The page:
THE REPUBLIC
V.
RICHARD HLORMADOR {RESPONDENT} EX PARTE: ATTIYYATUL AZIZ ABDULLAH {APPLICANT}

(2019) JELR 65585 (HC)    
High Court  ·  SUIT NO: CR/70/2019 ·  13 Jun 2019 ·  Ghana
CORAM
HIS LORDSHIP JUSTICE KWEKU T. ACKAAH-BOAFO
Core Terms Beta
respondent
applicant
counsel
contempt of court
reasonable doubt
supreme court
notice of claim
high court
authority of the court
charge of contempt
court order
land division
respectful opinion
above counsel
affidavit evidence
attached property
case of the applicant
said joseph amon kotey
attachment of the property of the judgment debtor
background of the case
breach of a court order
charge of contempt of court
claim of the respondent
clearest cut of cases
committal of the respondent
copy of the notice of attachment
counsel’s opinion
court hold
ex parte fordjour
firsthand view of the act
form of conduct
integrity of a court
lord byron
mr. atanga ayamdoo
outcome of a pending suit
ownership of the property
parcel of land
part of a court
pending application
position of the parties
protection of the authority of the court
respondent’s notice
respondent’s own writ
specific law
supporting affidavit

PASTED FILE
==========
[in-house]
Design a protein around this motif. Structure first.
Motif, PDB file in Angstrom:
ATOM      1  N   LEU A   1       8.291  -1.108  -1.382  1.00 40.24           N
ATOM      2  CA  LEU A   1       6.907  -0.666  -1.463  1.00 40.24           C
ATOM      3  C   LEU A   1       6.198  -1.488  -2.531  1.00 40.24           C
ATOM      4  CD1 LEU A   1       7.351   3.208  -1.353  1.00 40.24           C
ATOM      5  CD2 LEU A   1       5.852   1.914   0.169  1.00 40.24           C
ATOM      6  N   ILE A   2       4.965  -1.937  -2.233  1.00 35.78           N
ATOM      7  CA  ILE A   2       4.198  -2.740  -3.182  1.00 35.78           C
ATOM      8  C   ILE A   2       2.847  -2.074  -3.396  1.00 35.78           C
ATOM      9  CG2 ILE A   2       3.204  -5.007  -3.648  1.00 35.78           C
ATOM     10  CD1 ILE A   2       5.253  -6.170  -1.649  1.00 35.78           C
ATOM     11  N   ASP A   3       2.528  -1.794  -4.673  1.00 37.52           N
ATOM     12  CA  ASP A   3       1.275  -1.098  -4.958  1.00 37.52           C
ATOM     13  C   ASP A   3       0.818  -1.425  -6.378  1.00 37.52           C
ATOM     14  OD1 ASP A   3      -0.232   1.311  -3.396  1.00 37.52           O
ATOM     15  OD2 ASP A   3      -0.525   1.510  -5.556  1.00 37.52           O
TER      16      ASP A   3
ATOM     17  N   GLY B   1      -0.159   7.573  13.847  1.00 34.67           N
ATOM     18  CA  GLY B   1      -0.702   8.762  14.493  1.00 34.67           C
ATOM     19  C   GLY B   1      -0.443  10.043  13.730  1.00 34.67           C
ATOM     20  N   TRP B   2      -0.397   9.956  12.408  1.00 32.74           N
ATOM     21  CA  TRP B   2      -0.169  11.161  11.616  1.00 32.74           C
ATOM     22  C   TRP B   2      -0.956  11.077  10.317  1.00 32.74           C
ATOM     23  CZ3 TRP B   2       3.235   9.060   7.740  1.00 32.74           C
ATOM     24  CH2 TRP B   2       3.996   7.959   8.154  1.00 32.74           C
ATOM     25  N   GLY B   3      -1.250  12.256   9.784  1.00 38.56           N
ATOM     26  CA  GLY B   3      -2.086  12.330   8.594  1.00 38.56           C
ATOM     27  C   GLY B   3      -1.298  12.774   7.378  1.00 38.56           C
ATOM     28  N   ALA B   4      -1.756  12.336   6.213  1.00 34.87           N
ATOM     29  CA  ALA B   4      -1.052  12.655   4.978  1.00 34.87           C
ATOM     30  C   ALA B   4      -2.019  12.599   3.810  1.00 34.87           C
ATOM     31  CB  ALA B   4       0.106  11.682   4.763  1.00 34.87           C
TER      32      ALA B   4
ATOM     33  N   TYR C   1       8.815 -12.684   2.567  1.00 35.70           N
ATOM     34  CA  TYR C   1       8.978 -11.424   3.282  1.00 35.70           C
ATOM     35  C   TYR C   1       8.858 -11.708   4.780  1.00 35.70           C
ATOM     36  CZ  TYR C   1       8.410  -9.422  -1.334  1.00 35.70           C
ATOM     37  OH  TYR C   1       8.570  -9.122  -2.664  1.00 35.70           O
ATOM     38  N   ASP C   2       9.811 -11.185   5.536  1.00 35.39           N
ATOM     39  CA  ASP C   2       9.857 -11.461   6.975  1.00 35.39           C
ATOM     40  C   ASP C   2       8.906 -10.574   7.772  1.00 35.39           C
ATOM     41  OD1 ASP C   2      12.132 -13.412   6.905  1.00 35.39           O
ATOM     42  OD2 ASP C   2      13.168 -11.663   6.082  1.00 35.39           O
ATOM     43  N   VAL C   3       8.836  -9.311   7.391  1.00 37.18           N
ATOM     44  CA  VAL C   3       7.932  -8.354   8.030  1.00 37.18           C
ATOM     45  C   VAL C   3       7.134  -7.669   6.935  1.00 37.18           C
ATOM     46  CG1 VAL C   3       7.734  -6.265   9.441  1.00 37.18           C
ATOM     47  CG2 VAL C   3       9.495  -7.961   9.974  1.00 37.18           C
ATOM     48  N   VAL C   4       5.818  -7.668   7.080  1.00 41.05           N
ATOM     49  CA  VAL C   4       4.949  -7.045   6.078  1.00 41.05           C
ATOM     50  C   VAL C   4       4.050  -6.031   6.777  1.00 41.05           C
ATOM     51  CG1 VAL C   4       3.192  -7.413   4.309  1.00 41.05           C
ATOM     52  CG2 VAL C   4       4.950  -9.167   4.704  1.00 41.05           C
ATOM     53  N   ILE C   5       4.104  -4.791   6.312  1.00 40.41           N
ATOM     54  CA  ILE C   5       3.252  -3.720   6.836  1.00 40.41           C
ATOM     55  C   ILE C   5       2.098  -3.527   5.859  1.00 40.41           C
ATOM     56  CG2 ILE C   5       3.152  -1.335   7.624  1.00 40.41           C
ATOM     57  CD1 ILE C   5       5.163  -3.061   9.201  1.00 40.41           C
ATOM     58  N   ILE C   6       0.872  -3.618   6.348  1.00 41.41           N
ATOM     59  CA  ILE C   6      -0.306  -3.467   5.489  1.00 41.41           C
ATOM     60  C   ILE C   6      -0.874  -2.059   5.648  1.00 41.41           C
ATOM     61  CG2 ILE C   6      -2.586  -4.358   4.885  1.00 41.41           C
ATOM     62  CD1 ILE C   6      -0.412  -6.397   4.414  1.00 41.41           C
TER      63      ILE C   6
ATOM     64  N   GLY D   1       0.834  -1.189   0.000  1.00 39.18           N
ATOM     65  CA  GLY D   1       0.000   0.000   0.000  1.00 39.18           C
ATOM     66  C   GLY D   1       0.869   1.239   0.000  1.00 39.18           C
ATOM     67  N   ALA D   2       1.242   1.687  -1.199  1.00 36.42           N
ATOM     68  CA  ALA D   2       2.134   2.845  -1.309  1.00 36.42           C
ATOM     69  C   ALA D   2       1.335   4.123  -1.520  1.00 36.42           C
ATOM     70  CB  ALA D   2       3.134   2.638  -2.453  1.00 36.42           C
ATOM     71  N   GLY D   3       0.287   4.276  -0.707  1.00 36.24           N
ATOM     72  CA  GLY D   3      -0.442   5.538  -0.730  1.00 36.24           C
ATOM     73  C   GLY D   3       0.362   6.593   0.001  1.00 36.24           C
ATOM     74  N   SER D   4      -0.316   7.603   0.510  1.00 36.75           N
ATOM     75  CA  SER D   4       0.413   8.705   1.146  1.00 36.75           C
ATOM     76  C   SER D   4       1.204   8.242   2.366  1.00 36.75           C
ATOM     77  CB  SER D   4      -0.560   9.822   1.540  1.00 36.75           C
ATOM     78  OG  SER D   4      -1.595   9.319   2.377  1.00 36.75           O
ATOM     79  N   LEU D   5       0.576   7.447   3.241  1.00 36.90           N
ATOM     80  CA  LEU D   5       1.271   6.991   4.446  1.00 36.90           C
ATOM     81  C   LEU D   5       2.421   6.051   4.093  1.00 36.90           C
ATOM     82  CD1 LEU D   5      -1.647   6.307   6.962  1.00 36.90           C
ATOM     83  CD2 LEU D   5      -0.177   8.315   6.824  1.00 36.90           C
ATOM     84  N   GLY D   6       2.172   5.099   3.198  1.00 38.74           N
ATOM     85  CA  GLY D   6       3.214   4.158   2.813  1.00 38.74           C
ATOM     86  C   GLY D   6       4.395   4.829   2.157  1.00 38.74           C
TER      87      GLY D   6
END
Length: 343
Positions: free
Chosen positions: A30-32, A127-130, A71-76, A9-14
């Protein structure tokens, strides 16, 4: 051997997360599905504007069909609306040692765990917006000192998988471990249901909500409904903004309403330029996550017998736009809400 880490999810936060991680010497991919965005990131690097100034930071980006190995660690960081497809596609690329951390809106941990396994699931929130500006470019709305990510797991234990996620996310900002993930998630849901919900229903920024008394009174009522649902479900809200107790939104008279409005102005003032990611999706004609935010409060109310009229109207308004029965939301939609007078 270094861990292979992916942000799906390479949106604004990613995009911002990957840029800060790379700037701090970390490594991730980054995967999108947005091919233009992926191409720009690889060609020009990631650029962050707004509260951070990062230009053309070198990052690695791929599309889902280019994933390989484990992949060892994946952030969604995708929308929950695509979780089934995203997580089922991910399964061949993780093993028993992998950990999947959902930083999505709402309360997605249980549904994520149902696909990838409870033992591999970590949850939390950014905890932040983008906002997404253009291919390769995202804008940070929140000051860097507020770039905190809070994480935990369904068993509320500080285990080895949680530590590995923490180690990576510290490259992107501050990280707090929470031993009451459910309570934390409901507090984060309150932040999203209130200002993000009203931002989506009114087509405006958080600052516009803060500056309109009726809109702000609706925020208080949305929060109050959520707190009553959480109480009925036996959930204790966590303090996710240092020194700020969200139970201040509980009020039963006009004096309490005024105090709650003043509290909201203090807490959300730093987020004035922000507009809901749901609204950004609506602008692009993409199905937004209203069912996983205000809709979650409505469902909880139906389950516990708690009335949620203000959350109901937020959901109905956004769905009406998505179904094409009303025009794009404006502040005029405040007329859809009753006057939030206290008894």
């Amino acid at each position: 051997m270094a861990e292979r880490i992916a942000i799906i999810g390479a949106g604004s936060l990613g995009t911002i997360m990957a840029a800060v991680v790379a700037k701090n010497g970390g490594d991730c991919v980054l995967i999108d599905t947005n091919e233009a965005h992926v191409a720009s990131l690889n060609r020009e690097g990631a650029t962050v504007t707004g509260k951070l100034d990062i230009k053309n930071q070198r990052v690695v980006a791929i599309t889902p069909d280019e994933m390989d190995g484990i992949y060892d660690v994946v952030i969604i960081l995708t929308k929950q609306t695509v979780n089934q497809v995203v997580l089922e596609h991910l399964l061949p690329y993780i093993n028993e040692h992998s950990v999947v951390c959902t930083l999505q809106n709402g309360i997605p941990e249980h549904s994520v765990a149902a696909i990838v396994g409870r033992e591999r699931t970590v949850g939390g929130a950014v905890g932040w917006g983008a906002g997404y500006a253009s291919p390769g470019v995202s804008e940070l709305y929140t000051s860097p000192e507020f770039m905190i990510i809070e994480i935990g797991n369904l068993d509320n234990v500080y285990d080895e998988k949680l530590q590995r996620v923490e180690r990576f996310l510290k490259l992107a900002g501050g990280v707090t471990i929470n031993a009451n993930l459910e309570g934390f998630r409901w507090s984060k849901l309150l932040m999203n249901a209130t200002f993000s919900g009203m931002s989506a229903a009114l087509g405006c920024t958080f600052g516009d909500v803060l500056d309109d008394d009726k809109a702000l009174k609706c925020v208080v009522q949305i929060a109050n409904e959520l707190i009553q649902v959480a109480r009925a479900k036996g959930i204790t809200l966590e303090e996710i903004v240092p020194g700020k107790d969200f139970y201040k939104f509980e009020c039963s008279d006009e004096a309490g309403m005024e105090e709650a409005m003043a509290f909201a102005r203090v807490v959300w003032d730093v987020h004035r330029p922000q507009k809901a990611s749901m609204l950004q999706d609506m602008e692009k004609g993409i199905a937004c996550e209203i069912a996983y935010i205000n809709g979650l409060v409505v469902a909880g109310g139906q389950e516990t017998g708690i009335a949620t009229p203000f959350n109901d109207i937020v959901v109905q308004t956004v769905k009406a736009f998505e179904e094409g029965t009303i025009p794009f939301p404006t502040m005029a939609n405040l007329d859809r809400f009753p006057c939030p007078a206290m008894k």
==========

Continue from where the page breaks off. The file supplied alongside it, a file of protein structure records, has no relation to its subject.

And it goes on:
undeveloped land
undeveloped state
willful disregard of the order

JUDGMENT

APPLICATION FOR COMMITTAL FOR CONTEMPT

Introduction:

[1] Contempt of Court is the mechanism which the law provides for the protection of the authority of the court from improper interference. Contempt arises in many ways but includes a breach of a court order, an attempt to obstruct the administration of justice, a deliberate attack upon the integrity of a court or a judge that interferes with proceedings, or some other form of conduct not foreseeable. Contempt of court is part of a court's inherent jurisdiction and, as it is not precisely prescribed or enacted, should be exercised with scrupulous care and only when the circumstances are clear and beyond reasonable doubt.

[2] The denial of liberty of any citizen of our Republic resulting from a charge of contempt is effected in accordance with the principles of fundamental justice. Even though there is no specific law on contempt in Ghana[1], the absence of codification of the law of contempt in Ghana does not in itself violate t…

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